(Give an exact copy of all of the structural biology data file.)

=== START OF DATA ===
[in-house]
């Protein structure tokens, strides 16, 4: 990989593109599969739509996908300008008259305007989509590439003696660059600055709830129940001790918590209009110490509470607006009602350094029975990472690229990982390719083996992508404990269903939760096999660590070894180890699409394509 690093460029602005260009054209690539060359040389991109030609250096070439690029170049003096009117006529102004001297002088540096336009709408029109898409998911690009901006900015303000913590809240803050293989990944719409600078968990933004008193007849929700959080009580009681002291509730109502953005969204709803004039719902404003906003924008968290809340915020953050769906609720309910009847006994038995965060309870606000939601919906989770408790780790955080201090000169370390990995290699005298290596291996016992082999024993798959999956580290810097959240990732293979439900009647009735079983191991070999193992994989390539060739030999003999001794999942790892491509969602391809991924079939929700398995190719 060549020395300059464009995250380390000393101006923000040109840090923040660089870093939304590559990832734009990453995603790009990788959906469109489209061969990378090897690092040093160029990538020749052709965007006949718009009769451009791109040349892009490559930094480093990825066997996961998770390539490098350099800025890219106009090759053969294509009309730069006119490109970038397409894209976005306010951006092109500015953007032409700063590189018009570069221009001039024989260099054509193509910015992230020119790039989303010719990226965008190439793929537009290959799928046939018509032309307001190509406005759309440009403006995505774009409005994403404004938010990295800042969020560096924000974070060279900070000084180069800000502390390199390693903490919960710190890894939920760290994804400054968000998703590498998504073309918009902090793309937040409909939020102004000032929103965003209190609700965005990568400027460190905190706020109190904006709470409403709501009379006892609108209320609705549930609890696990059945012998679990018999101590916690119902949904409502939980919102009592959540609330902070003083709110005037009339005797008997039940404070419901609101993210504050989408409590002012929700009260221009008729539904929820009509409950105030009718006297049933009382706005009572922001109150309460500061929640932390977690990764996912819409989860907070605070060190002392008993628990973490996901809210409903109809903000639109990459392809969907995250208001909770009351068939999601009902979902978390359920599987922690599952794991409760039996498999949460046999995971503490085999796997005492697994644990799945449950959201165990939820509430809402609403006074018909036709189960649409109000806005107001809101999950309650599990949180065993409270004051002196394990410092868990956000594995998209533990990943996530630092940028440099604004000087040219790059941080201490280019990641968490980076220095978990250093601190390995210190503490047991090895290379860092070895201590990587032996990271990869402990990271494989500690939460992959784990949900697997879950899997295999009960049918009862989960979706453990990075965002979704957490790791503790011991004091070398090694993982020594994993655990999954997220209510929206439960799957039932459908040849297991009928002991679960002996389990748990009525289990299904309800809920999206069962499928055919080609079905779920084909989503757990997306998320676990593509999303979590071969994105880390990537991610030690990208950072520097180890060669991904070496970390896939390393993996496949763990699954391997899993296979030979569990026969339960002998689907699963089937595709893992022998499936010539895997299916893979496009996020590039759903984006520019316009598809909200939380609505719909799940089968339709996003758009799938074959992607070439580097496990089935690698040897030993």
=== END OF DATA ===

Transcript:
[in-house]
């Protein structure tokens, strides 16, 4: 990989593109599969739509996908300008008259305007989509590439003696660059600055709830129940001790918590209009110490509470607006009602350094029975990472690229990982390719083996992508404990269903939760096999660590070894180890699409394509 690093460029602005260009054209690539060359040389991109030609250096070439690029170049003096009117006529102004001297002088540096336009709408029109898409998911690009901006900015303000913590809240803050293989990944719409600078968990933004008193007849929700959080009580009681002291509730109502953005969204709803004039719902404003906003924008968290809340915020953050769906609720309910009847006994038995965060309870606000939601919906989770408790780790955080201090000169370390990995290699005298290596291996016992082999024993798959999956580290810097959240990732293979439900009647009735079983191991070999193992994989390539060739030999003999001794999942790892491509969602391809991924079939929700398995190719 060549020395300059464009995250380390000393101006923000040109840090923040660089870093939304590559990832734009990453995603790009990788959906469109489209061969990378090897690092040093160029990538020749052709965007006949718009009769451009791109040349892009490559930094480093990825066997996961998770390539490098350099800025890219106009090759053969294509009309730069006119490109970038397409894209976005306010951006092109500015953007032409700063590189018009570069221009001039024989260099054509193509910015992230020119790039989303010719990226965008190439793929537009290959799928046939018509032309307001190509406005759309440009403006995505774009409005994403404004938010990295800042969020560096924000974070060279900070000084180069800000502390390199390693903490919960710190890894939920760290994804400054968000998703590498998504073309918009902090793309937040409909939020102004000032929103965003209190609700965005990568400027460190905190706020109190904006709470409403709501009379006892609108209320609705549930609890696990059945012998679990018999101590916690119902949904409502939980919102009592959540609330902070003083709110005037009339005797008997039940404070419901609101993210504050989408409590002012929700009260221009008729539904929820009509409950105030009718006297049933009382706005009572922001109150309460500061929640932390977690990764996912819409989860907070605070060190002392008993628990973490996901809210409903109809903000639109990459392809969907995250208001909770009351068939999601009902979902978390359920599987922690599952794991409760039996498999949460046999995971503490085999796997005492697994644990799945449950959201165990939820509430809402609403006074018909036709189960649409109000806005107001809101999950309650599990949180065993409270004051002196394990410092868990956000594995998209533990990943996530630092940028440099604004000087040219790059941080201490280019990641968490980076220095978990250093601190390995210190503490047991090895290379860092070895201590990587032996990271990869402990990271494989500690939460992959784990949900697997879950899997295999009960049918009862989960979706453990990075965002979704957490790791503790011991004091070398090694993982020594994993655990999954997220209510929206439960799957039932459908040849297991009928002991679960002996389990748990009525289990299904309800809920999206069962499928055919080609079905779920084909989503757990997306998320676990593509999303979590071969994105880390990537991610030690990208950072520097180890060669991904070496970390896939390393993996496949763990699954391997899993296979030979569990026969339960002998689907699963089937595709893992022998499936010539895997299916893979496009996020590039759903984006520019316009598809909200939380609505719909799940089968339709996003758009799938074959992607070439580097496990089935690698040897030993």